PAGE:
The question is this: Does the order of the leaf-nodes in the binary tree matter at all for this mapping (to preserve the properties of the QMC sampling during the transformation)?

My intuition tells me 'no, it doesn't matter at all, a random order is as good as any other'. On the other hand, the authors of the paper from which I've taken the algorithm outlined above state (section 4.1.1, §3)(bold typeface added by me for emphasis):

The faces of the model of the mesh are roughly arranged in a 1D face array by proximity. In typical cases, this naturally arises from the modeling process. Otherwise, mesh optimization algorithms (e.g. stripification) [DGGP05] can be applied. First, we build a balanced binary tree, called the summed area tree, in which leaf values are triangle surface areas in the same order as they appear in the face array.

The fact the authors seem to bother about the order of the leafs in the binary tree (which they call summed area tree) and even suggest using an explicit stripification-algorithm might suggest otherwise.

Here a spoiler where you can read up the algorithm as described by the authors:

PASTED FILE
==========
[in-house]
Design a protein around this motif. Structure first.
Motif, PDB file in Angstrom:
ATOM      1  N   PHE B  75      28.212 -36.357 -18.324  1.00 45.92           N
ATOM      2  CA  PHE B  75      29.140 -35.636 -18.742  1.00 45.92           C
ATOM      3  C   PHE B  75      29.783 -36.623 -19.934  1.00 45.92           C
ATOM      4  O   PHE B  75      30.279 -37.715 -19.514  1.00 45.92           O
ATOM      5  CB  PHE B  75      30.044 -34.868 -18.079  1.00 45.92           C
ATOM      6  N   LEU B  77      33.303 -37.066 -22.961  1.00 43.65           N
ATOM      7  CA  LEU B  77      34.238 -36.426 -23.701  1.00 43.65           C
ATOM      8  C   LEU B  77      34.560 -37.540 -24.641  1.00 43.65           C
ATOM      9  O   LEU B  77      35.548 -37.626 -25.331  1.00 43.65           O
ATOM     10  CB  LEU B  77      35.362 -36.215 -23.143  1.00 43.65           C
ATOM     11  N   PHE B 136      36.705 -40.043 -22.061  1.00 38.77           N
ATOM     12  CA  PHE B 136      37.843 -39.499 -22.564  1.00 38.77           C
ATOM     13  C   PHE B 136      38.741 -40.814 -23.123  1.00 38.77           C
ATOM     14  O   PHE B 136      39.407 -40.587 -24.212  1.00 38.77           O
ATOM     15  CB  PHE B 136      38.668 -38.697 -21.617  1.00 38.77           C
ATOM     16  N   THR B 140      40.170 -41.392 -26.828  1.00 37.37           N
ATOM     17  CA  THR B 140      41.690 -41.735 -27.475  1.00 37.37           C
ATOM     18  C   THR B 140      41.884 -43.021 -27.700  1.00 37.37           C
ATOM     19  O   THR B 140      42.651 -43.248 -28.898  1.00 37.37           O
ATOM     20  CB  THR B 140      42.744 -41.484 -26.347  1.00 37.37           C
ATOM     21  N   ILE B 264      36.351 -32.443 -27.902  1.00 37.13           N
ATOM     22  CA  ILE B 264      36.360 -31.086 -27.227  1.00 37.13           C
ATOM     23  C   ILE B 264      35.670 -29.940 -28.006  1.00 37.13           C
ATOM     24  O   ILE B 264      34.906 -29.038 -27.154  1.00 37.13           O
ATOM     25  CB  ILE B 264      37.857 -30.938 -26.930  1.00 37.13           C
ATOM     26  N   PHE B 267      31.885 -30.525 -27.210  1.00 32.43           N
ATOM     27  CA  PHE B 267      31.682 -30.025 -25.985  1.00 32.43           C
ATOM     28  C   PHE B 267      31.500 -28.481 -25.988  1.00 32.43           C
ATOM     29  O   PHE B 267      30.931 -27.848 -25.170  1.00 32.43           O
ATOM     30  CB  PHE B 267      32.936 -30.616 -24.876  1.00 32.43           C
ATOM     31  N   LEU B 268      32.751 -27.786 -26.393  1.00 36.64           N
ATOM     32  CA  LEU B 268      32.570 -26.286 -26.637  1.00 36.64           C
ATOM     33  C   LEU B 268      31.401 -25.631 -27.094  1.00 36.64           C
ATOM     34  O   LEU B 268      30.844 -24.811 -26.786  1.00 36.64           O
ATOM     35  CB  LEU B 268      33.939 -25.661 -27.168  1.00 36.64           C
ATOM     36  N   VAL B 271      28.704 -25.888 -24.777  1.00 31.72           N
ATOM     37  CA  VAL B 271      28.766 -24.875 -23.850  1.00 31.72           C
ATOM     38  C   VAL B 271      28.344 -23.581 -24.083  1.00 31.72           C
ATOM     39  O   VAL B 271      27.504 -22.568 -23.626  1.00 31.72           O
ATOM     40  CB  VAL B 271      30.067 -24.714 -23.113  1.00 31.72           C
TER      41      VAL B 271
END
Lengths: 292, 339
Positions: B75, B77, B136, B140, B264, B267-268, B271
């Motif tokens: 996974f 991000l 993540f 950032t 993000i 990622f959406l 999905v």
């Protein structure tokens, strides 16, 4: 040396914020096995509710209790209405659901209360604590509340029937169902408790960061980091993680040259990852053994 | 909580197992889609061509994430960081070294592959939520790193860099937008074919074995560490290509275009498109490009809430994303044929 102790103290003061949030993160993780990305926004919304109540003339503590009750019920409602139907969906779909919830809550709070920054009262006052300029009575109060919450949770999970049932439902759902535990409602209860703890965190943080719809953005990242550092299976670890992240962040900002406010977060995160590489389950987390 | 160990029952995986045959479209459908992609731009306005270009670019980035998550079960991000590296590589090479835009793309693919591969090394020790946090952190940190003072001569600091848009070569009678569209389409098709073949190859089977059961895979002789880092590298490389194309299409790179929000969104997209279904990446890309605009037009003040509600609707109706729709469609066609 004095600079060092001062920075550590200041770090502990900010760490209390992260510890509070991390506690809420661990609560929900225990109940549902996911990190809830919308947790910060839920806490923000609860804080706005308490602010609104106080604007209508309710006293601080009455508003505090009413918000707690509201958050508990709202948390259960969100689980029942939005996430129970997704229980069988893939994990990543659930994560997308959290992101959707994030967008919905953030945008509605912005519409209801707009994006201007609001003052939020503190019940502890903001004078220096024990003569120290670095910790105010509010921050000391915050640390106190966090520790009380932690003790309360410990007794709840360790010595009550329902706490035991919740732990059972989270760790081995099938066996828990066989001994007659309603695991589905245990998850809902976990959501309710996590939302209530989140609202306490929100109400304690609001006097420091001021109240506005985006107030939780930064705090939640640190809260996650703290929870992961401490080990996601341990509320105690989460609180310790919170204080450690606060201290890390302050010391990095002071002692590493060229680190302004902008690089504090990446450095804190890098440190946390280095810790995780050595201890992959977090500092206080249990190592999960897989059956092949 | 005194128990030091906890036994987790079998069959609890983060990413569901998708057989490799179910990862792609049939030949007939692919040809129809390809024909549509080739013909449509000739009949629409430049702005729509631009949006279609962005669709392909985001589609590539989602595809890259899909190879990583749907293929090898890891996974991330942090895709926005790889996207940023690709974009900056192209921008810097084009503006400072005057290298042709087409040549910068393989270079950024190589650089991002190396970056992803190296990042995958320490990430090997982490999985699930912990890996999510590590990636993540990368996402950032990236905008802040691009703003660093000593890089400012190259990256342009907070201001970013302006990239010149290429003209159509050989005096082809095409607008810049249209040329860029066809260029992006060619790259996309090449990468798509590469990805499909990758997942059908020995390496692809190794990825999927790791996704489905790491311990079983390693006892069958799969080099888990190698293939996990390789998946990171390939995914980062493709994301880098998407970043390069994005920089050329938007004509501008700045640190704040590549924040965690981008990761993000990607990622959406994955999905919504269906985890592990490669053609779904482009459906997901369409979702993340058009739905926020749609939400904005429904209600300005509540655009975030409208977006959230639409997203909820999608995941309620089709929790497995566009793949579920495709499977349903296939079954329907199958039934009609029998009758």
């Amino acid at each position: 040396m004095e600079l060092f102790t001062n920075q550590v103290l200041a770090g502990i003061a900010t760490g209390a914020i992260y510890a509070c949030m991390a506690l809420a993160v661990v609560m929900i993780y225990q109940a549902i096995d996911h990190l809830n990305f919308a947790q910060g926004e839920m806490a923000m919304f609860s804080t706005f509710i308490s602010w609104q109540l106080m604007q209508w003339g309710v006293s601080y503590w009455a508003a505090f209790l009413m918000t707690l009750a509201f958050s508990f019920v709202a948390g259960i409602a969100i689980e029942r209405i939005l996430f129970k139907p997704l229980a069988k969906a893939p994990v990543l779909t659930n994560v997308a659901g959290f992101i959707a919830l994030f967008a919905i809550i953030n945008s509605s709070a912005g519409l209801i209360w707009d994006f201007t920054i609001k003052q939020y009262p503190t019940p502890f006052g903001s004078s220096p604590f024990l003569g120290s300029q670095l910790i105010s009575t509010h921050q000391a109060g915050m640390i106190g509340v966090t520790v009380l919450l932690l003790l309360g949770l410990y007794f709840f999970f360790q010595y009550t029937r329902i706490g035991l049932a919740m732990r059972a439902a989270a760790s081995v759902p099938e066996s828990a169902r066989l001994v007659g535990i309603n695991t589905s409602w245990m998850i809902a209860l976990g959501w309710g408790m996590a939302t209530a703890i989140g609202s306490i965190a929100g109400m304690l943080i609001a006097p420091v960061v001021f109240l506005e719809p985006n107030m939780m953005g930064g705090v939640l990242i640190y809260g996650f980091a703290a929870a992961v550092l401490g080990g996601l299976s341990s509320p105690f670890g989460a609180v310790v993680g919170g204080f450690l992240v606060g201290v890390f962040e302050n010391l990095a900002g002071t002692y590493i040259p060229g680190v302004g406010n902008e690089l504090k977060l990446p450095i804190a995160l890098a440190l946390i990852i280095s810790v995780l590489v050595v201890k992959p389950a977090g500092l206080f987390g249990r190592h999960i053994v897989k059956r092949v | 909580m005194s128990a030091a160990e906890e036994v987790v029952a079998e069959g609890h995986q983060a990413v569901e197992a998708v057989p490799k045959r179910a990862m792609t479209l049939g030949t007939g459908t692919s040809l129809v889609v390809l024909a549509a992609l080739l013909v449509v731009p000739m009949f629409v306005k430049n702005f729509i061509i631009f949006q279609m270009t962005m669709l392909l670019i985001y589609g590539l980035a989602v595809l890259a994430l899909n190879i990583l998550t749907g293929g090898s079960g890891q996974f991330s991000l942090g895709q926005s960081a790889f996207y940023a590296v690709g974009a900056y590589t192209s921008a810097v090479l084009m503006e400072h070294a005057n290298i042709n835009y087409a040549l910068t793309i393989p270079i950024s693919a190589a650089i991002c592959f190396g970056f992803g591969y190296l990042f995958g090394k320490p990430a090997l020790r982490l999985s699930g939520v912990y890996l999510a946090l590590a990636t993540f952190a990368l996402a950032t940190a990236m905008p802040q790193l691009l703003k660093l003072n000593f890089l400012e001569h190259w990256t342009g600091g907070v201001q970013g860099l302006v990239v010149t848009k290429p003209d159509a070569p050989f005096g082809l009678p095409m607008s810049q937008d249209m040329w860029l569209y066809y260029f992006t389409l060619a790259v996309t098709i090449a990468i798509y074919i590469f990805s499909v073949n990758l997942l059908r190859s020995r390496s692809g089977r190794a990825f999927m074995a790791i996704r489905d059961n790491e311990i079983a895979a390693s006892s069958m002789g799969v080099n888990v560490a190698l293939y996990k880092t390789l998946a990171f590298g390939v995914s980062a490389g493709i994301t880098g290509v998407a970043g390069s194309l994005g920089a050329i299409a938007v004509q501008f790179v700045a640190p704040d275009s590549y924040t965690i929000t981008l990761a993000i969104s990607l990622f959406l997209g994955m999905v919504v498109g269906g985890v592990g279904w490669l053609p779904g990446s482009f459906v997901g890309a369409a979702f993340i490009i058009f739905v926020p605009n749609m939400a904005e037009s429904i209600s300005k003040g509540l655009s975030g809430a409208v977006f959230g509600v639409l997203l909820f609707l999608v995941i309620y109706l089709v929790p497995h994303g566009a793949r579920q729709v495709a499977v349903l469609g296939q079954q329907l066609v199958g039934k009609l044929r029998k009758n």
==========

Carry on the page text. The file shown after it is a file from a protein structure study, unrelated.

In order to define a mapping from sample-space to object- space, we need to place the mesh faces into the sample-space without distorting face area ratios, and be able to locate the face containing sample point (u,v). This is a typical prox- imity search problem, which is well supported by a kd-tree. The data structures required for the build and search pro- cesses are depicted in Figure 4. The faces of the model mesh are roughly arranged in a 1D face array by proximity. In typical cases, this naturally arises from the modeling process. Otherwise, mesh optimization algorithms (e.g. stripification) [DGGP05] can be applied. First, we build a balanced binary tree, called the summed area tree, in which leaf values are triangle surface areas in the same order as they appear in the face array. Any branch node contains the summed area of its children. The root node will contain the surface area of the complete object. Then, we partition the sample-space with a kd-tree that has the same balanced topology. Every node in the kd-tree corresponds to a node in the area tree. The unit square cell in sample-space is assigned to the root node, which is split re- cursively along the coordinate axes resulting in a binary tree of cells. At a given node, the splitting ratio is selected so that the areas of the two new cells are proportional to the summed surface areas stored in the corresponding child nodes of the area tree. Thus, the sample-space area that belongs to a set of faces will be proportional to their surface area. Where the set reduces to a single face, the face is mapped to the cell. This is trivial for quadrilateral faces, but also works well with tri- angles if we represent each triangle twice and arrange each pair as a quad (right of Figure 4). When we need to transform samples into the object-space, we use the kd-tree. Given the (u,v)coordinates of the sam- pled point, we start from the root of the tree, comparing the coordinate of the splitting axis to the splitting ratio. Depend- ing on the result of the comparison, we continue recursively with one of the branches, normalizing the coordinate to the cell’s [0,1]range. At a leaf, the (u,v)coordinates we get are interpreted according to the natural parametrization of the quadrilateral, or as two of the unit-sum barycentric coordi- nates on the triangle (or (1−u,1−v)if u+v>1).